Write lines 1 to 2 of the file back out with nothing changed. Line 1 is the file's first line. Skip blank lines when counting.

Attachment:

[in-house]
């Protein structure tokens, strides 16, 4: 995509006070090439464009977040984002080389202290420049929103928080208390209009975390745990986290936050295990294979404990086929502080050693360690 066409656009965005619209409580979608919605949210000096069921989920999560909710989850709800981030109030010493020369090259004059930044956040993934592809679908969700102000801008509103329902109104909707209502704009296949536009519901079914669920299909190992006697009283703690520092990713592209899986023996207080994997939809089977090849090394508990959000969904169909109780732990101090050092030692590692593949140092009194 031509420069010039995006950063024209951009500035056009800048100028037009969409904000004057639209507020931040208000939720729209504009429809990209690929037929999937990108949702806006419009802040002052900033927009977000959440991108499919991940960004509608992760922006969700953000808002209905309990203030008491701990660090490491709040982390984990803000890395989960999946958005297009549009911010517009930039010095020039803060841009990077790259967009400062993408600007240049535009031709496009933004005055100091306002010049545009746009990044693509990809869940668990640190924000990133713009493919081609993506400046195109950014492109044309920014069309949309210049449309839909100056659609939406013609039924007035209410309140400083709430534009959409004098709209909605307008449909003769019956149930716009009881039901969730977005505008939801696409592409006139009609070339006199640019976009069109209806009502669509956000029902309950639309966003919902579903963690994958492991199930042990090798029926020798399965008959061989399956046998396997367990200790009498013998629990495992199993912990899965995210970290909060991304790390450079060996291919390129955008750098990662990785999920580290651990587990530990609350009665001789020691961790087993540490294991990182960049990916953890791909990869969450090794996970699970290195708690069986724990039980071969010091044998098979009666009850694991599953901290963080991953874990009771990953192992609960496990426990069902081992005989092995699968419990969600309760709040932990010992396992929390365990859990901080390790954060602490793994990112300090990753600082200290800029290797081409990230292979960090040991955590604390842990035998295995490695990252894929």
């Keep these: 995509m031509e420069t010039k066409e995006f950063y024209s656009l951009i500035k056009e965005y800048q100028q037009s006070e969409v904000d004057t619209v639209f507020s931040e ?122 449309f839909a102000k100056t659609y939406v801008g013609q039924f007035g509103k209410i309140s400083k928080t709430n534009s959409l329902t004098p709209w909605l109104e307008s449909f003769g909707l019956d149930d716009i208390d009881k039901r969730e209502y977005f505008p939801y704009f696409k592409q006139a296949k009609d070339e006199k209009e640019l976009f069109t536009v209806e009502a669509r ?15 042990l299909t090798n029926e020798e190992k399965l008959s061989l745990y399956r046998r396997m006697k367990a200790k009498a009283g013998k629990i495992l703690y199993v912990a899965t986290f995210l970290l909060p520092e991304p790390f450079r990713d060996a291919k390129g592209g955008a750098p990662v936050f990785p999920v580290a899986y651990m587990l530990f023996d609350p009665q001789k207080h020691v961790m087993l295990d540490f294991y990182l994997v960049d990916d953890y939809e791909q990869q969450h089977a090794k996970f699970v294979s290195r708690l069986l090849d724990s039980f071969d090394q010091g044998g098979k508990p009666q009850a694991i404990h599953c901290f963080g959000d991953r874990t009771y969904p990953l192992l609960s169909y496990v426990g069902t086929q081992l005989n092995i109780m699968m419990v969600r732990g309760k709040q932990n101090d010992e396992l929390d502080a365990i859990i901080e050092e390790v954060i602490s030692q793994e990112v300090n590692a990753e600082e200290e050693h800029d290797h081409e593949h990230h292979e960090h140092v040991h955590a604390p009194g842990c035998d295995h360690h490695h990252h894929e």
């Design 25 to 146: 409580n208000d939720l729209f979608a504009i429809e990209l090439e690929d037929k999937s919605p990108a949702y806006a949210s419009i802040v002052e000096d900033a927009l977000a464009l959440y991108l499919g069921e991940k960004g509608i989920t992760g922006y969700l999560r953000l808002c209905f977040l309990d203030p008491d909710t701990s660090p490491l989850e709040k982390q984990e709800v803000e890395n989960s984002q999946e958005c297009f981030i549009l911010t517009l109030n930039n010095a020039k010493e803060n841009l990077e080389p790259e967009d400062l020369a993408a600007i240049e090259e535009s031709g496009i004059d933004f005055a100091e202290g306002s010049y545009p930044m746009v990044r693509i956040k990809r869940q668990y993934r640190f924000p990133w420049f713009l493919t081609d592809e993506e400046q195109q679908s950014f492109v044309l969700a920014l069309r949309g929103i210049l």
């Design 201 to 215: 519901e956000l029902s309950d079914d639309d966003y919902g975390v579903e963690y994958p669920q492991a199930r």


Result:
[in-house]
């Protein structure tokens, strides 16, 4: 995509006070090439464009977040984002080389202290420049929103928080208390209009975390745990986290936050295990294979404990086929502080050693360690 066409656009965005619209409580979608919605949210000096069921989920999560909710989850709800981030109030010493020369090259004059930044956040993934592809679908969700102000801008509103329902109104909707209502704009296949536009519901079914669920299909190992006697009283703690520092990713592209899986023996207080994997939809089977090849090394508990959000969904169909109780732990101090050092030692590692593949140092009194 031509420069010039995006950063024209951009500035056009800048100028037009969409904000004057639209507020931040208000939720729209504009429809990209690929037929999937990108949702806006419009802040002052900033927009977000959440991108499919991940960004509608992760922006969700953000808002209905309990203030008491701990660090490491709040982390984990803000890395989960999946958005297009549009911010517009930039010095020039803060841009990077790259967009400062993408600007240049535009031709496009933004005055100091306002010049545009746009990044693509990809869940668990640190924000990133713009493919081609993506400046195109950014492109044309920014069309949309210049449309839909100056659609939406013609039924007035209410309140400083709430534009959409004098709209909605307008449909003769019956149930716009009881039901969730977005505008939801696409592409006139009609070339006199640019976009069109209806009502669509956000029902309950639309966003919902579903963690994958492991199930042990090798029926020798399965008959061989399956046998396997367990200790009498013998629990495992199993912990899965995210970290909060991304790390450079060996291919390129955008750098990662990785999920580290651990587990530990609350009665001789020691961790087993540490294991990182960049990916953890791909990869969450090794996970699970290195708690069986724990039980071969010091044998098979009666009850694991599953901290963080991953874990009771990953192992609960496990426990069902081992005989092995699968419990969600309760709040932990010992396992929390365990859990901080390790954060602490793994990112300090990753600082200290800029290797081409990230292979960090040991955590604390842990035998295995490695990252894929």